(Adds comments from GM spokesman and timing of charge in ninth and 10th paragraphs.)
By Patrick Fitzgerald
The trust representing "old" General Motors' creditors and a group of hedge funds, among them affiliates of Paul Singer's Elliott Management and John Paulson's Paulson Partners, have settled a long-running legal fight over a little-noticed feature of the 2009 government-orchestrated sale of the auto maker.
The settlement, disclosed in a filing Friday in U.S. Bankruptcy Court in New York, cuts $1.13 billion in claims against old GM's estate. In return, the trust is dropping its legal challenge to the auto maker's 2009 "lockup agreement" with bondholders that funnelled hundreds of millions of dollars to a group of hedge funds in exchange for the funds dropping their $1.3 billion in claims against GM's Nova Scotia unit.
The 2009 deal helped keep the unit's parent, GM Canada, out of bankruptcy, but old GM's creditors claimed it benefited the new company, General Motors Co. (GM), at their expense. The deal funneled $367 million to four hedge funds, among them funds managed by Elliott and Fortress Investment Group. It also saw the hedge funds receive $2.67 billion in claims against old GM's estate.
Two other hedge funds, David Tepper's Appaloosa Management and Mark Brodsky's Aurelius Capital Management, involved in the original transaction later sold their bonds and are no longer involved in the dispute.
In 2012, the trust representing old GM's creditors sued new GM and the hedge funds over the 2009 transaction. The trust, which is recovering money for old GM's unsecured creditors, argued the deal was completed after GM's bankruptcy filing, meaning it should have been reviewed by Judge Robert E. Gerber of the U.S. Bankruptcy Court in Manhattan. Lawyers for the trust argued the deal could be unwound under bankruptcy law, which would have put new GM on the hook for at least $1.3 billion in claims.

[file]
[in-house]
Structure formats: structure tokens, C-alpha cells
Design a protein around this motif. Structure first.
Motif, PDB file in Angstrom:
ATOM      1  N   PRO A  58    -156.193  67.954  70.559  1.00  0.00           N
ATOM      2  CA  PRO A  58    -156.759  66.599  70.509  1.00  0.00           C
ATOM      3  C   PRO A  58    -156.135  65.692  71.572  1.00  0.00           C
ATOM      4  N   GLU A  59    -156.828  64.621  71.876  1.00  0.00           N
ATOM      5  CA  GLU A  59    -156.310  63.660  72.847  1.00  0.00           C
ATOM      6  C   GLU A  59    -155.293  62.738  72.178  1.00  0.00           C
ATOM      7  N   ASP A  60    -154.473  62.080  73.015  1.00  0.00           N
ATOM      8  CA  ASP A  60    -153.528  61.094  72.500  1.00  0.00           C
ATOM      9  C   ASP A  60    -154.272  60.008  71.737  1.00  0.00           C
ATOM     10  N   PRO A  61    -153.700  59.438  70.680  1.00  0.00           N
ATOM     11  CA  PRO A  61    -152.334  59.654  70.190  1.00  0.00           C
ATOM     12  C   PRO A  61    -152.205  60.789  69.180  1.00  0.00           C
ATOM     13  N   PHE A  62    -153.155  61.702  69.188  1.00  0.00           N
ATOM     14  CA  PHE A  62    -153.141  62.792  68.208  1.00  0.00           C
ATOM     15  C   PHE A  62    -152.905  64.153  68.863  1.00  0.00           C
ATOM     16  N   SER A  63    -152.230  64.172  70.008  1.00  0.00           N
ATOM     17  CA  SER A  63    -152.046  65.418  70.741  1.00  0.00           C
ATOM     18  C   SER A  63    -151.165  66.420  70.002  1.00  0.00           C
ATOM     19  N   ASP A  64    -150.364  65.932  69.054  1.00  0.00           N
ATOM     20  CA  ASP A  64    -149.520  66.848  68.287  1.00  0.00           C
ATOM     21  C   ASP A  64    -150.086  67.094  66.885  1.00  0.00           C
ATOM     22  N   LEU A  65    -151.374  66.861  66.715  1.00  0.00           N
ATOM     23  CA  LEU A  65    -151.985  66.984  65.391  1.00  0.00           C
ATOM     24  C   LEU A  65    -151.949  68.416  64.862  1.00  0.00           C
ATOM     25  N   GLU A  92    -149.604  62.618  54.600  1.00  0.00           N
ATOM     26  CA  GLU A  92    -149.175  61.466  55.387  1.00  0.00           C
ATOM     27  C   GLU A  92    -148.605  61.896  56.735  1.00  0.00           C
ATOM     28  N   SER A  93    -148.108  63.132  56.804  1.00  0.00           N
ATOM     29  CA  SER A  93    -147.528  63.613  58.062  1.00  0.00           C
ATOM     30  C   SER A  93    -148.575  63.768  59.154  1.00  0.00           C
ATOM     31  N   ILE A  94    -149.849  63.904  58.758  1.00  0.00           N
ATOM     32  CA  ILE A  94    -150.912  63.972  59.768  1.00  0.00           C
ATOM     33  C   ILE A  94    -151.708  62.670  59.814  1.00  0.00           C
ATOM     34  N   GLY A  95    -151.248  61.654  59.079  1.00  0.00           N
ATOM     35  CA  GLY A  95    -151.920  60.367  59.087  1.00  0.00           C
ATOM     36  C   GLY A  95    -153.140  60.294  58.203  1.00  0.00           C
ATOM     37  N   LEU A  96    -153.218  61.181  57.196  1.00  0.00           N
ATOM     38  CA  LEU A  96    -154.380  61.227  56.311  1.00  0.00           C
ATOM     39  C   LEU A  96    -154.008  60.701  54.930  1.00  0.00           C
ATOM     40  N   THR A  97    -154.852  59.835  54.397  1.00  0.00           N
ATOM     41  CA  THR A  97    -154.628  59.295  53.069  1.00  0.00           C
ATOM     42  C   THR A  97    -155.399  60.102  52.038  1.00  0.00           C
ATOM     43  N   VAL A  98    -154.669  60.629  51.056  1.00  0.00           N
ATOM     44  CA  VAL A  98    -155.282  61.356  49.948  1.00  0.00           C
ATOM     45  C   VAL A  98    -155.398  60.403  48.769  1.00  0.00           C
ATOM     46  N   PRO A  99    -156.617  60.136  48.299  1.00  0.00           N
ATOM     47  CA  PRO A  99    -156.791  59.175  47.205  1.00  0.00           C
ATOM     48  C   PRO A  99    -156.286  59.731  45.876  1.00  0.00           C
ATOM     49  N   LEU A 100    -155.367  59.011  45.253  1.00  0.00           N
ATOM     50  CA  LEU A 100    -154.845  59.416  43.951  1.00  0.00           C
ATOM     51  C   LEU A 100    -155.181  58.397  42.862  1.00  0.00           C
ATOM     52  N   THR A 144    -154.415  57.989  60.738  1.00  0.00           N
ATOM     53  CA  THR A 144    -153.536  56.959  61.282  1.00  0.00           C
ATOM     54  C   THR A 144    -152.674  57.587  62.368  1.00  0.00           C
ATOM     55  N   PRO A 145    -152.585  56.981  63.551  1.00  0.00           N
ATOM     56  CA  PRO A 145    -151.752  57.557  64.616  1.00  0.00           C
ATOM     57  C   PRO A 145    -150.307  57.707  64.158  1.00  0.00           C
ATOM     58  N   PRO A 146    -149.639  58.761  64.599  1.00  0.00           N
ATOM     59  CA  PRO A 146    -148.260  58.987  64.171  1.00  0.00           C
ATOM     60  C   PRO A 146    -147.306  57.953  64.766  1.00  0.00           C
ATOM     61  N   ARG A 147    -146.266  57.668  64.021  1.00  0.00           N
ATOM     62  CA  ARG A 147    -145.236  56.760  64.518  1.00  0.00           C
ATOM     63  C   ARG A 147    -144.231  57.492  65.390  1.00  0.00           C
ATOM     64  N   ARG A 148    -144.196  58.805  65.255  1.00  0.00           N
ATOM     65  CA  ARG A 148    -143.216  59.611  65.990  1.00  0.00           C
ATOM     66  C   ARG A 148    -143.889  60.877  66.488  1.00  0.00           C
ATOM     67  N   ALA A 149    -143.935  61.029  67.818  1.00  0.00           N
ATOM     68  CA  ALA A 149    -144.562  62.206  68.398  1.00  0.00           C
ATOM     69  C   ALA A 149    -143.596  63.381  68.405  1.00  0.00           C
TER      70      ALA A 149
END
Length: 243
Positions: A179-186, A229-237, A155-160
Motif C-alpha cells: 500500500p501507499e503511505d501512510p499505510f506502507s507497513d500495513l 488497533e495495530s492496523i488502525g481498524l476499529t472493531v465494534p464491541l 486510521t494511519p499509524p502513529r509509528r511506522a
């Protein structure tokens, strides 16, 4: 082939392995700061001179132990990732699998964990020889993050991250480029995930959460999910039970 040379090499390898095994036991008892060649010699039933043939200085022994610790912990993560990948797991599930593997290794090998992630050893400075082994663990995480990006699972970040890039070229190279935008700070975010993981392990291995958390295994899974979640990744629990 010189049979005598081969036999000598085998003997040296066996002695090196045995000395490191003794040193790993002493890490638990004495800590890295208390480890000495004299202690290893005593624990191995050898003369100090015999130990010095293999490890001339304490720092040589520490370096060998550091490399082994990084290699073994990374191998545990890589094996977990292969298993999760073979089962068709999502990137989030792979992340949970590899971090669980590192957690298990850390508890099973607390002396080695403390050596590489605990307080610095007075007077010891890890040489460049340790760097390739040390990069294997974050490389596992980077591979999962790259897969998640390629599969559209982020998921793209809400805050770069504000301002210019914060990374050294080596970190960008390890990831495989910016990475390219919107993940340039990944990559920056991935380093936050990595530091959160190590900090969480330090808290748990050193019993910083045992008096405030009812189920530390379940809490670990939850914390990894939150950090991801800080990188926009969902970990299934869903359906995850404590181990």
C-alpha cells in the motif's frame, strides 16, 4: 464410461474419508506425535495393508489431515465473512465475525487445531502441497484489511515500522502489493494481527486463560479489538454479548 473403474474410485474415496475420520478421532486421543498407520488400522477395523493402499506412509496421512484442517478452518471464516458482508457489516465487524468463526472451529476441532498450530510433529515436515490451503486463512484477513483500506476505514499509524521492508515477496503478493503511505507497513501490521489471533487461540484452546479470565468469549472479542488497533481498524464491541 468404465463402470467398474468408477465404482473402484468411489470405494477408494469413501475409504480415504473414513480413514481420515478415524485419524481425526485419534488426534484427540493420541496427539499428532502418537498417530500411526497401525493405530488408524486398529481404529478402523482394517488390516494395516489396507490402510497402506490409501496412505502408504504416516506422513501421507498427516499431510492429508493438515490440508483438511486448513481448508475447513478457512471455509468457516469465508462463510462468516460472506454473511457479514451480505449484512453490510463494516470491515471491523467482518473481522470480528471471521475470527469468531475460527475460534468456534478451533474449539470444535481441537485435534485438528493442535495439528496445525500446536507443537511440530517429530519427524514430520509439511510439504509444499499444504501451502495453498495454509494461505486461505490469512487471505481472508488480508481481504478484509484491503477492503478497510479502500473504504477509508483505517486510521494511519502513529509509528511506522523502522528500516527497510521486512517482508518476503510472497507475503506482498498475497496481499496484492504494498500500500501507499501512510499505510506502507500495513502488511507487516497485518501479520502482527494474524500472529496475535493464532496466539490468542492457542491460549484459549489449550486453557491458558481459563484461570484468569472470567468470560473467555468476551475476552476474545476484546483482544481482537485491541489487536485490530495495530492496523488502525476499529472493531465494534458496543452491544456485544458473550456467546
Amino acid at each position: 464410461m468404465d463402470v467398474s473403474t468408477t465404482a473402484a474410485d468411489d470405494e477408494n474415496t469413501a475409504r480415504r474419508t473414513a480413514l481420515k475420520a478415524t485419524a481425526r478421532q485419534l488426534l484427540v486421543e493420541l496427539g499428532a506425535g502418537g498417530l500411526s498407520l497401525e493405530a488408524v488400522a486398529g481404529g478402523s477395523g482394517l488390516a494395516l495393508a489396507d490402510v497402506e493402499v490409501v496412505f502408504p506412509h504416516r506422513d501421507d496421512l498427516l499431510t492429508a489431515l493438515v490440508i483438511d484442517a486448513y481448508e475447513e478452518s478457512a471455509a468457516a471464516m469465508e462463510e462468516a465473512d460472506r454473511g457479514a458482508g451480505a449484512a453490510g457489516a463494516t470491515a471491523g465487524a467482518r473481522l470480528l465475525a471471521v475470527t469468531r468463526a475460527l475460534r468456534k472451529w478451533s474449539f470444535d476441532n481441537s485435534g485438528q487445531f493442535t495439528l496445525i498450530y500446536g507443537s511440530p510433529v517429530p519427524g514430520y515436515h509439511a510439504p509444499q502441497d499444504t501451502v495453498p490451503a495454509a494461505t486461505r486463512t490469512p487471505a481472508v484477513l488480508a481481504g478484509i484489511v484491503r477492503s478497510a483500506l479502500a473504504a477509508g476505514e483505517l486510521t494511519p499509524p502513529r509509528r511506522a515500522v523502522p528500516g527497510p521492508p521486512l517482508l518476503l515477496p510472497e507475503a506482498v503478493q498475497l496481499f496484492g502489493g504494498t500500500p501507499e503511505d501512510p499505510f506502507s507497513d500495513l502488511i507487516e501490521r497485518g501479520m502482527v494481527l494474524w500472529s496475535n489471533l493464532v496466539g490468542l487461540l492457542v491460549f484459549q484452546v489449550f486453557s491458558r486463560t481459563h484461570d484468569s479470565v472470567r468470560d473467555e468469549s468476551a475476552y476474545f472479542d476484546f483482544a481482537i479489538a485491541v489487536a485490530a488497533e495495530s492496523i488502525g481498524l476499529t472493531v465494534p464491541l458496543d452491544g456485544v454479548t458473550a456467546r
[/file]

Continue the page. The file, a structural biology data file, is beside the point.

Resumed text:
The bondholders, now including Paulson and Morgan Stanley (MS), consistently denied any wrongdoing and fought the lawsuit.
Following a trial, Paulson and Elliott, joined by the new General Motors--who called the creditors' lawsuit "an unabashed money grab," in court filings--entered mediation with the trust and others. That mediation, under the supervision of U.S. Bankruptcy Judge James Peck, bore fruit last week.
Under the deal, which requires court approval, the bondholders will receive general unsecured claims totaling $1.55 billion against old GM. In addition to resolving the competing bankruptcy claims, the settlement calls for GM Canada to pay $50 million to the bondholders, with $16 million earmarked for the bondholders' lawyers and another $1.5 million going to the Nova Scotia unit's legal team. The deal also releases the bondholders and both old and new GM official from any future legal challenges tied to the 2009 transaction.
A GM spokesman said the company was pleased to resolve the litigation over the Nova Scotia unit, which stretches back more than four years.
The auto maker said in regulatory filing it will take a $50 million charge related to the settlement in the third quarter via GM Canada.
Representatives for the trust, Paulson and Elliott declined to comment. Bankruptcy Judge Robert E. Gerber has scheduled a hearing to consider approval of the settlement for Oct. 21.
GM returned to the public markets in November 2010, less than two years after its historic bankruptcy filing led critics to rename the auto maker "Government Motors."
U.S. taxpayers still own about 7.8% of the company, but the auto maker's recent turnaround--earlier this year the stock topped its $33-a-share initial public offering price and its stock traded at $36.12 a share Monday afternoon--has led to the U.S. Treasury to continue to sell its stake in the company.
The Treasury, which has set an April 2014 goal to complete its exit from the auto maker, launched a third round of GM common shares sales last week.
(Dow Jones Daily Bankruptcy Review covers news about distressed companies and those under bankruptcy protection. Go to http://dbr.dowjones.com)
--Jeff Bennett contributed to this article.
Write to Patrick Fitzgerald at firstname.lastname@example.org
Subscribe to WSJ: http://online.wsj.com?mod=djnwires
(END) Dow Jones Newswires
September 30, 2013 16:23 ET (20:23 GMT)Copyright (c) 2013 Dow Jones & Company, Inc.
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